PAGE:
Tips to help you develop positive behaviours in the workplace
In case you haven’t noticed, there’s been a move behind the scenes by groups of professionals and industry associations to ensure professional work standards in their industry sectors.
In some cases, these groups want to create a nationally recognized professional designation. Such strategies aren’t simply a nice thing to do, they are designed to help ensure consistent customer service and quality of work. On the other hand, having professional standards and professional designations also creates individual personal and professional power and influence in the work world.
There’s a lot more to professional standards, power and influence than placing a recognized insignia on your business doorstep, personally wearing a professional insignia on your lapel jacket, or putting letters behind your name.
It’s more than attending association meetings or espousing a code of ethics. True professionals live and breathe their professional standards and ethics and they know how to influence others effectively, for the good of all.
As I mentioned earlier, it is not what you know, it’s what you do. It’s your behaviour!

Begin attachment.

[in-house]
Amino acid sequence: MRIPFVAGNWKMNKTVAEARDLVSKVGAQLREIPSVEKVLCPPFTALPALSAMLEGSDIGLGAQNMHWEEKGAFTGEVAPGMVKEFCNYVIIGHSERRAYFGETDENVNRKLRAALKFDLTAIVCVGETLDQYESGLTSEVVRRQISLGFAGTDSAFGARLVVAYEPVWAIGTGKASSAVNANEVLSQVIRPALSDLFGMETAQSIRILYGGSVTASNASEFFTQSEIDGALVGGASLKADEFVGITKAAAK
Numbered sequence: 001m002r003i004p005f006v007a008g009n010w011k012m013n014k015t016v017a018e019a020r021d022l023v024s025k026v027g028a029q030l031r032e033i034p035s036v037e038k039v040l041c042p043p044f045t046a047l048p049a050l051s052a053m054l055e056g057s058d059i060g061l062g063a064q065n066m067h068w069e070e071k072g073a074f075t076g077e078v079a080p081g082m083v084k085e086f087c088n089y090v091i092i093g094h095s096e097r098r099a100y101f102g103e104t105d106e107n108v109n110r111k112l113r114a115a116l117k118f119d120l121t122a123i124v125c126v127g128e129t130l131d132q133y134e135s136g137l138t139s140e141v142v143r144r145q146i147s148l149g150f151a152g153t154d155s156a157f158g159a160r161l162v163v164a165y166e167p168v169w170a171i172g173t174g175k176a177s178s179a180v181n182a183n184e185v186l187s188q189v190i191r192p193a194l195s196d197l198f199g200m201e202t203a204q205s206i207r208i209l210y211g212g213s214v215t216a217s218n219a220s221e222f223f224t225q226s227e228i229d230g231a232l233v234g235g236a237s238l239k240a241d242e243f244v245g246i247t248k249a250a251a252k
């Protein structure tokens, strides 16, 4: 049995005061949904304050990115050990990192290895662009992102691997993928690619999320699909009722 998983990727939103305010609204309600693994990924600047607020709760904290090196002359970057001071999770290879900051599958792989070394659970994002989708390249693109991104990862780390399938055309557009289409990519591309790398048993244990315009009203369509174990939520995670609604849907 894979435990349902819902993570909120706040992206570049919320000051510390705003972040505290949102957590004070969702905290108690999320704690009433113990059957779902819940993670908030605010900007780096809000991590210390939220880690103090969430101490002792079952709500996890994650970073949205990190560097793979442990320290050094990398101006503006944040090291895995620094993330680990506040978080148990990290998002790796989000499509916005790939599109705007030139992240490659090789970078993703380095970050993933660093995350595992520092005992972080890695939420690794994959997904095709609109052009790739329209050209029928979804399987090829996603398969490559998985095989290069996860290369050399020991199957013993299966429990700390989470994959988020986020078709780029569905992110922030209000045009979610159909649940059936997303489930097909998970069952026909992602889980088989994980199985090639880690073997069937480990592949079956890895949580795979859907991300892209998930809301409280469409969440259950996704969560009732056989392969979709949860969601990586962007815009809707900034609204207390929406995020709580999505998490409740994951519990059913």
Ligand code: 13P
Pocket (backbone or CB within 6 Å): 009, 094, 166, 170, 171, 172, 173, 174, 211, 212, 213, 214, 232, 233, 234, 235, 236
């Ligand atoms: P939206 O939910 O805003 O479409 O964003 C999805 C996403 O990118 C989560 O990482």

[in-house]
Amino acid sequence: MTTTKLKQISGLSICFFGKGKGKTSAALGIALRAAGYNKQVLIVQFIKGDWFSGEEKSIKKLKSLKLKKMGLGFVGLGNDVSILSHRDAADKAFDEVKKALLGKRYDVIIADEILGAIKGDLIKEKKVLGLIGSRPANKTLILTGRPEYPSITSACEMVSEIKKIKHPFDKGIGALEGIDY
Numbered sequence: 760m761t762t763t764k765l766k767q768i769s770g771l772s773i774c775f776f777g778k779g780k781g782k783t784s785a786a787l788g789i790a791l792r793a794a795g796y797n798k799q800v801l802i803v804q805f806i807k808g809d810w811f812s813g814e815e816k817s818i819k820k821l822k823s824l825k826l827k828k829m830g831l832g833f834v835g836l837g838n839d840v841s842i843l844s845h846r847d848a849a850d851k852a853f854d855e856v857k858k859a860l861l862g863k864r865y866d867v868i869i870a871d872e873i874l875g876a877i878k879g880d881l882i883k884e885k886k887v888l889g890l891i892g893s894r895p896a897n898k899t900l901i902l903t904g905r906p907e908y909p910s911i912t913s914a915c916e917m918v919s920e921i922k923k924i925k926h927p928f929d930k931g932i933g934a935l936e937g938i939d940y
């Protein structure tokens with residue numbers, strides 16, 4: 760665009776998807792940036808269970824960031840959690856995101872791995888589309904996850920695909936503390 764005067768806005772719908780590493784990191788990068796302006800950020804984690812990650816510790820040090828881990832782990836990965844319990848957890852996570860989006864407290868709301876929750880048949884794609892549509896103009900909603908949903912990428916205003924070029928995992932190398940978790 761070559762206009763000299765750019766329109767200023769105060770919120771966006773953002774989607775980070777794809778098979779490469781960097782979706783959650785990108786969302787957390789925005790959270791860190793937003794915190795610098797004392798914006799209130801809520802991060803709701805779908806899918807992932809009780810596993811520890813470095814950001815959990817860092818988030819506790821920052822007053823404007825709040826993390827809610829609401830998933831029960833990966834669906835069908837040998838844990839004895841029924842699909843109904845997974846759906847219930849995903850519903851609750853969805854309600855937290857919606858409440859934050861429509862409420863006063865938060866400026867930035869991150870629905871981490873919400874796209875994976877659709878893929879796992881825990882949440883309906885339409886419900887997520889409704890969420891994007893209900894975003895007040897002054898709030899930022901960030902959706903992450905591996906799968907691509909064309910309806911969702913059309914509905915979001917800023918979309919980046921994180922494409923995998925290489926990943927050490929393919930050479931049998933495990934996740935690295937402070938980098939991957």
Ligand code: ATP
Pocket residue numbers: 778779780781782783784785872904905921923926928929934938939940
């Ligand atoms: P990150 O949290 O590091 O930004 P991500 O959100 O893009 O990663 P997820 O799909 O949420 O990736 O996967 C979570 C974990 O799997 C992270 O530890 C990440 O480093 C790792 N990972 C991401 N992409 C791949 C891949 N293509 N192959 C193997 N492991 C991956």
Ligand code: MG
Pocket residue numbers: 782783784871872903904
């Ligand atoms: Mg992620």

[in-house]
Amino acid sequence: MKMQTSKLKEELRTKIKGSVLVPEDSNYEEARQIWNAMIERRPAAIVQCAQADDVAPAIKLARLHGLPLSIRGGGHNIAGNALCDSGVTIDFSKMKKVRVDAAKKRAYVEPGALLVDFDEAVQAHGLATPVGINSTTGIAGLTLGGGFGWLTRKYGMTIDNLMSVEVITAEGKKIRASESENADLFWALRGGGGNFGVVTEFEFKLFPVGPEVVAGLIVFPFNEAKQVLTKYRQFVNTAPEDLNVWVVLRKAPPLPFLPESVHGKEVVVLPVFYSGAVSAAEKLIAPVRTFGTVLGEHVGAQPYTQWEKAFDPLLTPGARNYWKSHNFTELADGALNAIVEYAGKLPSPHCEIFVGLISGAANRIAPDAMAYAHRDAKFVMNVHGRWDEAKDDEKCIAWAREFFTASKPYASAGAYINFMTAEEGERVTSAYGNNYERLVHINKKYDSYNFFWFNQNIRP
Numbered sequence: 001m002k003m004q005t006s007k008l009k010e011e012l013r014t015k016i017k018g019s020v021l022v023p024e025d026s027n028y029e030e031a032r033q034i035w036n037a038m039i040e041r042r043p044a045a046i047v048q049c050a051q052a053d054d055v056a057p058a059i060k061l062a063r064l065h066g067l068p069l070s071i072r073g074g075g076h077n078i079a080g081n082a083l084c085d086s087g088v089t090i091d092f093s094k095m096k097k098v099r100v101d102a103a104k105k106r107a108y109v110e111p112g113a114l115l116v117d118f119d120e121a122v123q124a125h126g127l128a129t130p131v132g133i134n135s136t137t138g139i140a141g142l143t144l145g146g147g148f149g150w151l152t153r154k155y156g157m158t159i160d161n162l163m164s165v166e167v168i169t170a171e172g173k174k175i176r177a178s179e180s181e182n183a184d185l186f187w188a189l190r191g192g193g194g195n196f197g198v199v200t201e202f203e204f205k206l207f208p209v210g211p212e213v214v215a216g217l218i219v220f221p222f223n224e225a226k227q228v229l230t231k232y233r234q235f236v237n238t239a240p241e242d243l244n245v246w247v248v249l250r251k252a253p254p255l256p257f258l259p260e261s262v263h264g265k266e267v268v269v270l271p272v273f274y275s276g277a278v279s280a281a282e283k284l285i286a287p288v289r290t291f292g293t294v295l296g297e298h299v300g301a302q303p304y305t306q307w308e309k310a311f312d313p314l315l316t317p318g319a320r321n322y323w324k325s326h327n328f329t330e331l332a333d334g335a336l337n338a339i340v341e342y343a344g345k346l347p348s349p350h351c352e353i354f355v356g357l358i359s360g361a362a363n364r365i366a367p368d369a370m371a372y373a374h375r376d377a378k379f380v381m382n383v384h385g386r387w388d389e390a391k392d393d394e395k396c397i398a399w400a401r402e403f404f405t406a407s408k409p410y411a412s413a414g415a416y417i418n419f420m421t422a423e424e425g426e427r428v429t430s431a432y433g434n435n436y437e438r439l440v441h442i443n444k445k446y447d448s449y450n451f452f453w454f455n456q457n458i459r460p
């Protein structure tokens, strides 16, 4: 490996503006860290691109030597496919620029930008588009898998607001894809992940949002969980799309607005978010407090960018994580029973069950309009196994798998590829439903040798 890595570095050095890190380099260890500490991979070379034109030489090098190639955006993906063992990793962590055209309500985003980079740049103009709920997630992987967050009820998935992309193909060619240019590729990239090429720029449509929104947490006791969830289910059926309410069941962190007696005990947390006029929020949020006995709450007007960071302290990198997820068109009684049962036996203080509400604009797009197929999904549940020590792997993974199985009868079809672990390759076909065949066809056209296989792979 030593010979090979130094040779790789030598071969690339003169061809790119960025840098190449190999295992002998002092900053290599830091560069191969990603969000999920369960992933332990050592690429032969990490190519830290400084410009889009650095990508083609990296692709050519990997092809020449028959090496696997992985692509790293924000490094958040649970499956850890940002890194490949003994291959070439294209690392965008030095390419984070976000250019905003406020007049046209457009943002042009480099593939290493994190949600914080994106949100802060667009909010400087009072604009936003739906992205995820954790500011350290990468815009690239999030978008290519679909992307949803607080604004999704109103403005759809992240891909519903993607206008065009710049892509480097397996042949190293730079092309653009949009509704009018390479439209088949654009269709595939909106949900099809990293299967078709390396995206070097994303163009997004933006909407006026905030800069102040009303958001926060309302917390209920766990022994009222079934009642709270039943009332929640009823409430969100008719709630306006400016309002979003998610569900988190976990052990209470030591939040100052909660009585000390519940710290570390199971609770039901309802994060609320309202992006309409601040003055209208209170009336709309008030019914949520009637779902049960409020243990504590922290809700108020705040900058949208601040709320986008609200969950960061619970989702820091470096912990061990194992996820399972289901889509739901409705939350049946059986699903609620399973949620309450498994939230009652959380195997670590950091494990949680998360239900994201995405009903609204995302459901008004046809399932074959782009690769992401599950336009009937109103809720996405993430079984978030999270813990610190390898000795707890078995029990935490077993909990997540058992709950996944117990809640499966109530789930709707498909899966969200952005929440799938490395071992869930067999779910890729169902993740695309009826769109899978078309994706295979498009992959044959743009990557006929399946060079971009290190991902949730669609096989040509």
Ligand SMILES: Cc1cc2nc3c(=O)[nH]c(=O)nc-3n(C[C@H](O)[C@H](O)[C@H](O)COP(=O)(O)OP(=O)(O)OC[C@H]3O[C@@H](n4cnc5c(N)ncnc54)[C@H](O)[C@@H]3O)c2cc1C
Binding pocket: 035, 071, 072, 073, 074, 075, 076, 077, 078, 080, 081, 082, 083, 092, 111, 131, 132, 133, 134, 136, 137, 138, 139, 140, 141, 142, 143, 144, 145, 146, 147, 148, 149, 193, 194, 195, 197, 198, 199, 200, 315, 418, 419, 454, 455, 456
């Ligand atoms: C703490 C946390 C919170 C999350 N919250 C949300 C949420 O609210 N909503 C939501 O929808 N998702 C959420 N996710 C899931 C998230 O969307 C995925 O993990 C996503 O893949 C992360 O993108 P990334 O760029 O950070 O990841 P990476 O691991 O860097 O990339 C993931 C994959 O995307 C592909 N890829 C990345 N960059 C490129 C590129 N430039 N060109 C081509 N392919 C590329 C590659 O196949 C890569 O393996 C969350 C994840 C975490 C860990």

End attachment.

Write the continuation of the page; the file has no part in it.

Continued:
With this in mind, here are some of the positive, professional behaviours I am confident people will look for in your everyday work in 2017:
Positive first impressions
Professionals believe there is never a second chance to make a good impression and they act accordingly.
Professionals know that even in the first conversation, people create a perception about whether or not they want a long-term relationship or if they will seek out your expertise.
If the reaction is positive, then communication and energy will increase and a relationship can begin.
Successful professionals recognize that change is all around them. They continually adapt and modify to new ways of doing things. They continually seek out new knowledge and look for ways to apply it in their practice.
They also take the lead in helping others to adjust to new realities.
Your mother might have taught you to "think first, talk later" and this is still good advice. It requires that you are always thinking about the impact on others of what you say and do. Successful professionals have strong "emotional intelligence" in that they understand themselves and manage their own emotions well.
In addition, they can easily recognize emotion in others and help harness these emotions so that critical thinking and effective problem solving can take place.
They are always self-assessing.
Development of meaningful relationships
Understanding the lifetime value of your relationships is critical to success.
This means being sensitive to others’ needs and giving time to build relationships, or "social capital" as it is sometimes called. Positive relationships help to develop personal respect, enable you to build a solid reputation and allow you to tap into a wide variety of different networks for when you personally need help or advice.
Promoting success in others
The generous sharing of your professional knowledge, willingness to help others succeed and development of others without expecting something in return is the mark of a strong, confident professional.